This is an original oil on canvas board painting by Monadnock New Hampshire artist Albert Quigley. Circa 1930,s this scene of a winter landscape, most likely from the Monadnock area is an impressionist depiction of the landscape covered in snow. The painting measures 18X24 inches, signed Albert Quigley lower left corner. It came to us in what is certain to be his own hand made picture frame. He was known to sell his frames to many of the local artists of the region. Including Alexander James and other artists of Dublin New Hampshire. "Albert Duvall Quigley moved to Nelson, New Hampshire, in 1934, when he was 43 years old, and created the vast majority of his work in this northern New England hill town. He lived there with his wife, Mildred, and their three children, Terrence, Tami, and Barnabas, until his death in 1961."
"Though his paintings, which were mostly in oil, they were and are regarded as wonderful representations of the Monadnock region and the people within it." (Friends of the Dublin Art Colony)
This is an original William Preston Phelps painting of Cows watering in a stream. This oil on canvas is clearly signed lower right corner. The image measures 12X18 inches and is in a period gold leaf frame. This painting is in excellent original condition, no flaws or imperfections. Phelps was the well known painter of the Monadnock region of New Hampshire. This work dates to circa 1900.
This is a very fine original oil on board painting by New Hampshire artist William Jurian Kaula. The title is: "New Hampshire Landscape,Spring". circa 1930 this painting has an image size of 19X22 1/2 inches. Housed in a tasteful modern frame. This painting came to us with a label on the back, this painting was in the collection of Minette Hunsiker Cummings, the artists niece. The painting is signed lower right corner.
"William J. Kaula studied in Boston and Paris before establishing studios in Massachusetts and New Hampshire. His wife, Lee Lufkin Kaula, was also a painter, and together they spent several summers in the countryside sketching. His paintings show atmospheric landscapes in cool colors and often emphasize dramatic cloud formations. (Smithsonian)"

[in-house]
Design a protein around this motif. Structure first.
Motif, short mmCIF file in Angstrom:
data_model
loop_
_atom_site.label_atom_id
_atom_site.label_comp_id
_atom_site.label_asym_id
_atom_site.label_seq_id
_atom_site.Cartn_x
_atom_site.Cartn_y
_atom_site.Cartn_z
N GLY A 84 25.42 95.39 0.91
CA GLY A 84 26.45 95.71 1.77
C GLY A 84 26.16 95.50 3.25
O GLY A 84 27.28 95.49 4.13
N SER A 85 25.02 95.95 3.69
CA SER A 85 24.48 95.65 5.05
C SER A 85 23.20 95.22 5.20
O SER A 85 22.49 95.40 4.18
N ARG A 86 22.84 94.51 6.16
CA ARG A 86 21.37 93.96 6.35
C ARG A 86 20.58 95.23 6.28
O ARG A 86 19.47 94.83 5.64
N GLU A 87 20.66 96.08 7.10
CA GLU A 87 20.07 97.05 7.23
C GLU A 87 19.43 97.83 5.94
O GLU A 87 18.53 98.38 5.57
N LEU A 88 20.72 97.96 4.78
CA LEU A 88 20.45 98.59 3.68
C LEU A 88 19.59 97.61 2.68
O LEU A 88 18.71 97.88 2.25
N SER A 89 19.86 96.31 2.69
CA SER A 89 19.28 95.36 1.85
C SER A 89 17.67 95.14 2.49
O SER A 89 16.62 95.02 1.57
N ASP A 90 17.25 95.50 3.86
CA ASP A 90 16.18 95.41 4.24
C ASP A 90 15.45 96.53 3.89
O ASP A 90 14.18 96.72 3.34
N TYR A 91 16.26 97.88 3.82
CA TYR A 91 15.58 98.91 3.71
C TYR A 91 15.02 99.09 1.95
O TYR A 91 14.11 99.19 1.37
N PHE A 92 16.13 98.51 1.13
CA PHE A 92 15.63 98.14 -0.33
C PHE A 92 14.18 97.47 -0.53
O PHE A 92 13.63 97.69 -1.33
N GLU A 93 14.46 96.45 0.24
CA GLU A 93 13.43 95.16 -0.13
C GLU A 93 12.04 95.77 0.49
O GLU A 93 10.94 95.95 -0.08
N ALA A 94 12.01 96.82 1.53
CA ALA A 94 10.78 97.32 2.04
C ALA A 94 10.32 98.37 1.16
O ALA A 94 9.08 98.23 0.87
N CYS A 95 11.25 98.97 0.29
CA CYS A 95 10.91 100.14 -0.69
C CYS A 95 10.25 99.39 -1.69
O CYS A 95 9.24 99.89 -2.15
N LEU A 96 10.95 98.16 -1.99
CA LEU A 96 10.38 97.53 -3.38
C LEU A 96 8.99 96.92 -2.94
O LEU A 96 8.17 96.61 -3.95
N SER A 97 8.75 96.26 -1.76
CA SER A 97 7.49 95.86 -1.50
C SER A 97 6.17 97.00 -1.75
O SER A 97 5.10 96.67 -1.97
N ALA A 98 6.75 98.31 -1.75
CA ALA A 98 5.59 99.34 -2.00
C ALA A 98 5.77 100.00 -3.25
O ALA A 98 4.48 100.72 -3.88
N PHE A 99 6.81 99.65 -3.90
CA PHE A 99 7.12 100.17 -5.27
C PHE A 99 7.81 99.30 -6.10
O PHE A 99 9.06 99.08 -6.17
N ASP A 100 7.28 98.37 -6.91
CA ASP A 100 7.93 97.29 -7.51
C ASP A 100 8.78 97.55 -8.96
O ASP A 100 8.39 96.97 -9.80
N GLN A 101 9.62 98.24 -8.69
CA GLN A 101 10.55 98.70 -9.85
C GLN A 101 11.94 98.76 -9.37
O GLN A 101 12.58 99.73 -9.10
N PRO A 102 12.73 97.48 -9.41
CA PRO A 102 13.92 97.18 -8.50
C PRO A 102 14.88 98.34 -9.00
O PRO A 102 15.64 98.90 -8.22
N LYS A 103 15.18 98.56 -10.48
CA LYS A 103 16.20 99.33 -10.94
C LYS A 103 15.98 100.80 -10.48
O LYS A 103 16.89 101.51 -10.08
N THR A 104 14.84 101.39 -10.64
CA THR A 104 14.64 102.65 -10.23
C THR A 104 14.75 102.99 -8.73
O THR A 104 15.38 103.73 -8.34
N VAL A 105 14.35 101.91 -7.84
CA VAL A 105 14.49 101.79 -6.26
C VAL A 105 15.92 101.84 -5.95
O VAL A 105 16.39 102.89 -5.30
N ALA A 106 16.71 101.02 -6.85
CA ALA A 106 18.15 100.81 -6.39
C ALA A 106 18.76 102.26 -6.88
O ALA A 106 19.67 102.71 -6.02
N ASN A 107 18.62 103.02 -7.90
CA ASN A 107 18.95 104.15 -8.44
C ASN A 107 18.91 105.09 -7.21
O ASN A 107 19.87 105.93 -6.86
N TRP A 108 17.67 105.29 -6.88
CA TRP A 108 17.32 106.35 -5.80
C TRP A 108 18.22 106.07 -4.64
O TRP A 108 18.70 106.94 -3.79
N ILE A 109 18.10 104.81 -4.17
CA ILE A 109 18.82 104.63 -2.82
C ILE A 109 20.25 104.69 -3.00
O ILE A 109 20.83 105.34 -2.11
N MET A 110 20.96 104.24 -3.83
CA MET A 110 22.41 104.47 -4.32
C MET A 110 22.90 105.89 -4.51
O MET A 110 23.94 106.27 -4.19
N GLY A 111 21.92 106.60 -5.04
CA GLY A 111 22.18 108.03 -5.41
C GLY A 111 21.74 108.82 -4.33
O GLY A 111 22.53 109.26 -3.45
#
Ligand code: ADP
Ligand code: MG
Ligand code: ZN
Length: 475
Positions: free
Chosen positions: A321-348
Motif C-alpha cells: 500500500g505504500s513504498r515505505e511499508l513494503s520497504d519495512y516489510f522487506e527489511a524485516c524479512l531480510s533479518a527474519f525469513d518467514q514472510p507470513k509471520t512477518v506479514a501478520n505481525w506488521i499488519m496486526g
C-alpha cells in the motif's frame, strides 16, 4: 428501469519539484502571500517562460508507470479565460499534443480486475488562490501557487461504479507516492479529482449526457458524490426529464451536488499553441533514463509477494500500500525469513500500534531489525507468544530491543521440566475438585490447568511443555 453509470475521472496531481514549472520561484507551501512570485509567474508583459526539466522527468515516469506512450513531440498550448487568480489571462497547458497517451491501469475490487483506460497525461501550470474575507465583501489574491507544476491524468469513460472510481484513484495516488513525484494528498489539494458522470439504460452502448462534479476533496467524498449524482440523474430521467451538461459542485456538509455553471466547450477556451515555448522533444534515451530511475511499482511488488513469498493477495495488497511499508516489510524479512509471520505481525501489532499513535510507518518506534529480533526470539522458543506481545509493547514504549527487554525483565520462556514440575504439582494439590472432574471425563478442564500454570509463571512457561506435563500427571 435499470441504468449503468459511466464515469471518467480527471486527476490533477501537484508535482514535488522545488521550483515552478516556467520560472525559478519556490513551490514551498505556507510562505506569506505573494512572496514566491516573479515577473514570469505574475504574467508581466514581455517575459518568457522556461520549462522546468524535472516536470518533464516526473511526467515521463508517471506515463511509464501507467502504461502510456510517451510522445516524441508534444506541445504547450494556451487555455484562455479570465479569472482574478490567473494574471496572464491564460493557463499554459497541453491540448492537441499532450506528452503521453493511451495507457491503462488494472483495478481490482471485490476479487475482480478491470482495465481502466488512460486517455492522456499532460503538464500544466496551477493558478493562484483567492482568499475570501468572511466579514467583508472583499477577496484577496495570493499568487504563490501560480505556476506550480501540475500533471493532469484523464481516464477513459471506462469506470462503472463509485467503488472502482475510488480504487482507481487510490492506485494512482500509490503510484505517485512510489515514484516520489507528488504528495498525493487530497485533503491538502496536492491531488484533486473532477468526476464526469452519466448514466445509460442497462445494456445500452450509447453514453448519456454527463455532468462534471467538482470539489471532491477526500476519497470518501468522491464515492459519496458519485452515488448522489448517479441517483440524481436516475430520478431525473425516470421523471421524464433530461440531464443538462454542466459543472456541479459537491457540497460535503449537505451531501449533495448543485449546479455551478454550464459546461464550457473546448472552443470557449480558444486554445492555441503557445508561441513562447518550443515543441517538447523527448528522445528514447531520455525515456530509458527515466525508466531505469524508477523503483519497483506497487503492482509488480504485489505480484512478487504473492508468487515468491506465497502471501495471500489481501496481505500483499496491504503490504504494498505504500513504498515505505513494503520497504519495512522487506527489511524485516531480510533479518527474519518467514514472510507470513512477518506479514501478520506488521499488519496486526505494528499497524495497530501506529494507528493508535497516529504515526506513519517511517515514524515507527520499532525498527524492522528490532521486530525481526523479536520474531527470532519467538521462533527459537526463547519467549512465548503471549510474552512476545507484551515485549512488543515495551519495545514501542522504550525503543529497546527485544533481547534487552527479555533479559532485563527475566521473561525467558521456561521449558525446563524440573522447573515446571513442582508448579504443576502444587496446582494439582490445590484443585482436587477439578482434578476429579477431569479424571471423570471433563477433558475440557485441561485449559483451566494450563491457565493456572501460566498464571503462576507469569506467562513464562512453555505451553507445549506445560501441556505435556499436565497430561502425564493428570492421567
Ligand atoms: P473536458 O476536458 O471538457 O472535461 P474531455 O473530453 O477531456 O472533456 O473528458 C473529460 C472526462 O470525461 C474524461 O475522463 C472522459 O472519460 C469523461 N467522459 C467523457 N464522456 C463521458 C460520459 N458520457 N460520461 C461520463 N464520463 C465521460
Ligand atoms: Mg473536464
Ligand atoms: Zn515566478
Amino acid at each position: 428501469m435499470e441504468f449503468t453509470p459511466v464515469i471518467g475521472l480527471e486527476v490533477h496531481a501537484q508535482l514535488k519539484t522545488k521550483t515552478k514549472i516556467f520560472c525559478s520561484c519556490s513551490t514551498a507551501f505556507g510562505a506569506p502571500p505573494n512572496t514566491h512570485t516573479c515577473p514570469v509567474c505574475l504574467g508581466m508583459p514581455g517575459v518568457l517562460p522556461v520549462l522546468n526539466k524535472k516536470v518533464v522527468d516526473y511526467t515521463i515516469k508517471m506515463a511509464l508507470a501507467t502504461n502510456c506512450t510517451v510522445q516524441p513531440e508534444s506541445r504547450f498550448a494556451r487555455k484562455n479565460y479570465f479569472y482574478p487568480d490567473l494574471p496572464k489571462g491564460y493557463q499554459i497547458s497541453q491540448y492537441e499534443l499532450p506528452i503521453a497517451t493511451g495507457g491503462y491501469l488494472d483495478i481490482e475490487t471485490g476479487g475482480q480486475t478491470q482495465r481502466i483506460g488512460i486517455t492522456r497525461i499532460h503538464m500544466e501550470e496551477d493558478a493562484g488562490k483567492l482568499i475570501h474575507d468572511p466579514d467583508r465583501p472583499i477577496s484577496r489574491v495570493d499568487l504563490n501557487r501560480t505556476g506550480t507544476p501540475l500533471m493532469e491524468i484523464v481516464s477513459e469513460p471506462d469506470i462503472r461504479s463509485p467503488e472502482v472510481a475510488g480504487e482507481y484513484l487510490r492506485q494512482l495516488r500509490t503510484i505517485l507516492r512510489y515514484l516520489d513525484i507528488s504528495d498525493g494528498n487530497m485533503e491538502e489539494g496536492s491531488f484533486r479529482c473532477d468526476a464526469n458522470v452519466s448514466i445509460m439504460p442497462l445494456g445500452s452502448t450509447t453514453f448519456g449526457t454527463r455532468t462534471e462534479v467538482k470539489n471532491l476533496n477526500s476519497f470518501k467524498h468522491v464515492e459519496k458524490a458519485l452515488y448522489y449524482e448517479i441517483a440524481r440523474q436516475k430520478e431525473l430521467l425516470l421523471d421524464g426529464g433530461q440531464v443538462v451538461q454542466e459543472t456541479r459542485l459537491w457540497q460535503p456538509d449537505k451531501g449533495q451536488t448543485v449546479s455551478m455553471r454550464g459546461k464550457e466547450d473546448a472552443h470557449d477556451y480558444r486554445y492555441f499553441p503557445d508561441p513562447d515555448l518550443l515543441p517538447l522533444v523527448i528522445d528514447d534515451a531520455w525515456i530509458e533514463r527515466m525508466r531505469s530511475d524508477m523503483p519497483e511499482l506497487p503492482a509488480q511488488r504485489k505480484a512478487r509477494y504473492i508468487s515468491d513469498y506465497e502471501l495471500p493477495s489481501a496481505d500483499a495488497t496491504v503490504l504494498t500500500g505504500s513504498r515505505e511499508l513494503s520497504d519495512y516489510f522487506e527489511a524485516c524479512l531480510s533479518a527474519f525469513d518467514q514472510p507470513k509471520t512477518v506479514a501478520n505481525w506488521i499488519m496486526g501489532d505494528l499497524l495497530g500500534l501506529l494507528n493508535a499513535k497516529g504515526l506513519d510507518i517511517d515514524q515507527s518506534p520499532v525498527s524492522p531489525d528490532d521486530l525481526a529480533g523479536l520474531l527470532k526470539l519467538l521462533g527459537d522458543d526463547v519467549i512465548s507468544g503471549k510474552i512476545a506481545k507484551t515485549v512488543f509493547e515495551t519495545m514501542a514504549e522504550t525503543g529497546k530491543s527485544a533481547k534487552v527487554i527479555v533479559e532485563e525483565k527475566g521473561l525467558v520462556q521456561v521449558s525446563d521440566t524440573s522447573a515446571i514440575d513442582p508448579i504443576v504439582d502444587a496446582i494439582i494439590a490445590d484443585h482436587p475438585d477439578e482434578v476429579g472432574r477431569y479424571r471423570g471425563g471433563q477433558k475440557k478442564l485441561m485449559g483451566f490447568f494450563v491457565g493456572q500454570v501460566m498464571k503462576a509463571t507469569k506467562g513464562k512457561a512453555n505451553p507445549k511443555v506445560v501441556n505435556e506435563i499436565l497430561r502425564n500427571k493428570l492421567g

Oil on mahogany panel, image size 7 1/8 x 9 1/2 inches
This is an original oil on canvas painting by New Hampshire artist William Preston Phelps. This view of his homestead in Chesham New Hampshire was created circa 1900. The painting measures 24X36 inches and is signed in the lower left corner. This painting is framed with a period gilt frame. The painting is in good condition, no obvious repairs, the frame has some minor chips.
This is an original oil on canvas painting by American artist Charles Harry Eaton. It is a fine costal view with sailboats on the horizon. This painting measures 14X20 inches and is in a fine newcomb macklin carved picture frame. It is signed lower right corner. A fine expressive costal view by this well known New York artist.
This is an incredibly detailed, atmospheric Norwegian landscape of a small cabin at the edge of a fjord, the distant hills fading into a soft morning mist. It is painted in oil on panel, 11 x 16 inches, 1871, clearly signed "A Rasmussen 71" in the lower right corner, in an ornate period gilt frame.
This is an original oil on canvas painting by American artist Frank Vining Smith (1879-1967) This painting is clearly signed lower right corner. This painting although in the catalog is titled: "Sunset Glow" on the back of the canvas is an alternate title: "The New Moon" The canvas measures 22X30 inches and comes in a fine custom gilt frame. This painting was originally sold through Anderson Galleries in Chicago. They promoted Smiths works in the late 1920's.
The original catalog is present. Heres a Chicago News paper article about this show: "Frank Vining Smith – The Chicago Evening Post, May 22, 1928
THE annually recurrent exhibition of paintings of ships and the sea by Frank Vining Smith at the Anderson Galleries always makes an agreeable event about this season. Some thirty of Mr. Smith’s new canvases have just been hung at Anderson’s, and the impression they give is possibly more favorable than it has been in the past.
Even granting the sea’s changeless, ever-changing character and the myriad sorts and conditions of ships that sail it, Mr. Smith’s fertility and inventiveness appear more remarkable than ever in this exhibition. His knowledge of his subject is profound, in the opinion of sailors, who are always harsh critics. His ability to paint workmanlike pictures has long been established. But the ease with which he continues to find variations on a now familiar theme remain surprising." This is a very fine study of a view of the sea right after sunset.